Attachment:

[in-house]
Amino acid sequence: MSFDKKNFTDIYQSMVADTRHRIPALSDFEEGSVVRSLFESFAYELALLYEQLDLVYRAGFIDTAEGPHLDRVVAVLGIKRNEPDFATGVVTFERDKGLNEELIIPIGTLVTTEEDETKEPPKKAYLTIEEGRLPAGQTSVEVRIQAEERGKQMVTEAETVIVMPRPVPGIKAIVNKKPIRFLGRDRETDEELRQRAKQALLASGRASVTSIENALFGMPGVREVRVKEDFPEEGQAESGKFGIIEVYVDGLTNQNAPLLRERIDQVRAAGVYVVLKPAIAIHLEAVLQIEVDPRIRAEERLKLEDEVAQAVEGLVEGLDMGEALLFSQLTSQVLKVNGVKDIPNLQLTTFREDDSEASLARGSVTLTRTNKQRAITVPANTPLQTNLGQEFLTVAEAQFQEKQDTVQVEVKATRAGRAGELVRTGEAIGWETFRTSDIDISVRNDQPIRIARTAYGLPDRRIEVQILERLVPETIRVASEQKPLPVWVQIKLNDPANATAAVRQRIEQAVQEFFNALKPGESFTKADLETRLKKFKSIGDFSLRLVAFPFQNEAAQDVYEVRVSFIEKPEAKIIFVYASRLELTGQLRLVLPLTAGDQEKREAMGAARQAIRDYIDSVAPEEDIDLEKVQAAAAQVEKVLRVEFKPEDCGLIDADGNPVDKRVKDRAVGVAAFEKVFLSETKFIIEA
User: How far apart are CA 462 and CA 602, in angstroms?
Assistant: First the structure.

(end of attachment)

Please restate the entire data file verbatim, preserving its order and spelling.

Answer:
[in-house]
Amino acid sequence: MSFDKKNFTDIYQSMVADTRHRIPALSDFEEGSVVRSLFESFAYELALLYEQLDLVYRAGFIDTAEGPHLDRVVAVLGIKRNEPDFATGVVTFERDKGLNEELIIPIGTLVTTEEDETKEPPKKAYLTIEEGRLPAGQTSVEVRIQAEERGKQMVTEAETVIVMPRPVPGIKAIVNKKPIRFLGRDRETDEELRQRAKQALLASGRASVTSIENALFGMPGVREVRVKEDFPEEGQAESGKFGIIEVYVDGLTNQNAPLLRERIDQVRAAGVYVVLKPAIAIHLEAVLQIEVDPRIRAEERLKLEDEVAQAVEGLVEGLDMGEALLFSQLTSQVLKVNGVKDIPNLQLTTFREDDSEASLARGSVTLTRTNKQRAITVPANTPLQTNLGQEFLTVAEAQFQEKQDTVQVEVKATRAGRAGELVRTGEAIGWETFRTSDIDISVRNDQPIRIARTAYGLPDRRIEVQILERLVPETIRVASEQKPLPVWVQIKLNDPANATAAVRQRIEQAVQEFFNALKPGESFTKADLETRLKKFKSIGDFSLRLVAFPFQNEAAQDVYEVRVSFIEKPEAKIIFVYASRLELTGQLRLVLPLTAGDQEKREAMGAARQAIRDYIDSVAPEEDIDLEKVQAAAAQVEKVLRVEFKPEDCGLIDADGNPVDKRVKDRAVGVAAFEKVFLSETKFIIEA
User: How far apart are CA 462 and CA 602, in angstroms?
Assistant: First the structure.